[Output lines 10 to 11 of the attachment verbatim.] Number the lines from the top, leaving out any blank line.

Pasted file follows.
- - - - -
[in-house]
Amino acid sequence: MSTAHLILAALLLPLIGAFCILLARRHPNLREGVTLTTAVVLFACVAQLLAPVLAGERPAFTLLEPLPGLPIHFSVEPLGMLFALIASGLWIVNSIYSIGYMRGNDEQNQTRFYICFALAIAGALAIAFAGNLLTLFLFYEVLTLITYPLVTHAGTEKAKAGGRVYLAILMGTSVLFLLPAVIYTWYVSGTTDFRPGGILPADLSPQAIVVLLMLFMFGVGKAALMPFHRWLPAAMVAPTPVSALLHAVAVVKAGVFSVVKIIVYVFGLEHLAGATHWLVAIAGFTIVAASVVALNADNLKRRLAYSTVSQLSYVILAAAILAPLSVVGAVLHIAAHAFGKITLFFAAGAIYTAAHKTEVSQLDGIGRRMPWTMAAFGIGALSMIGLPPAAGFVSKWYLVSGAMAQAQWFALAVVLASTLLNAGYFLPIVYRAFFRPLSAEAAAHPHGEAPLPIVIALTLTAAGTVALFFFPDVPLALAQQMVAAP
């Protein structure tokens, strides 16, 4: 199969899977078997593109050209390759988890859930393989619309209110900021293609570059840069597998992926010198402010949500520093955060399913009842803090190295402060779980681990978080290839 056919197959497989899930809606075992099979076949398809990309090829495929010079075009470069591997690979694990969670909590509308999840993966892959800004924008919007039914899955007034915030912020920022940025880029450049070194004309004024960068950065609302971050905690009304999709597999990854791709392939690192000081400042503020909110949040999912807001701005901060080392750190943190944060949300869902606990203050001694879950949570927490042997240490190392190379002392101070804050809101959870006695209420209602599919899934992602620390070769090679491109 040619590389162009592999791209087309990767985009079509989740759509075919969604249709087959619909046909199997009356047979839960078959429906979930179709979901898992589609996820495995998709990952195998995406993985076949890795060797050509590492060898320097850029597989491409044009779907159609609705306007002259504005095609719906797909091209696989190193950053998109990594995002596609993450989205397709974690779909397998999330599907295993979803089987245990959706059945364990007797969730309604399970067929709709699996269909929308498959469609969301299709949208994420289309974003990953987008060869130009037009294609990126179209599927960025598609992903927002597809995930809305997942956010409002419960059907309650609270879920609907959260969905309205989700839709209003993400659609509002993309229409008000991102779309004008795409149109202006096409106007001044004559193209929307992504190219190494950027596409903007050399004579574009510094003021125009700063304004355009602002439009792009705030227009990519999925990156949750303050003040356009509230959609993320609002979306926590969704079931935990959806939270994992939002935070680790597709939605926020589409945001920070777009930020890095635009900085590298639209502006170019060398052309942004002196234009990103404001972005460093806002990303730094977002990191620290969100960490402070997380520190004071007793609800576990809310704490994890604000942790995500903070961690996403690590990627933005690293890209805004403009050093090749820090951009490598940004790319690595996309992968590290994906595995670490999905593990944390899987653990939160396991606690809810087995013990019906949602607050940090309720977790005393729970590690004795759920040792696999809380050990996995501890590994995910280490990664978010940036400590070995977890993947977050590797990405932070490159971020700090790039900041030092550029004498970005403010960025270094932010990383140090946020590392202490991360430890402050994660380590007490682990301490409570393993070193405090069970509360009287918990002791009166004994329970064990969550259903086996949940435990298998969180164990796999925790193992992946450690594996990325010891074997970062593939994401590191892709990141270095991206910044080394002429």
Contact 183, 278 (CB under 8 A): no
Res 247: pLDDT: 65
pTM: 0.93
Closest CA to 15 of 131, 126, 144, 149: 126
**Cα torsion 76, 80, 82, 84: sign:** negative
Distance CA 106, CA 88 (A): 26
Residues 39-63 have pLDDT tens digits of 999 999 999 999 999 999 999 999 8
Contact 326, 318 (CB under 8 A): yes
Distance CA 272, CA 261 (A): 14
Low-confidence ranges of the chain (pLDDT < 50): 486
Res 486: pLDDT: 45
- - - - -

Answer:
Residues 39-63 have pLDDT tens digits of 999 999 999 999 999 999 999 999 8
Contact 326, 318 (CB under 8 A): yes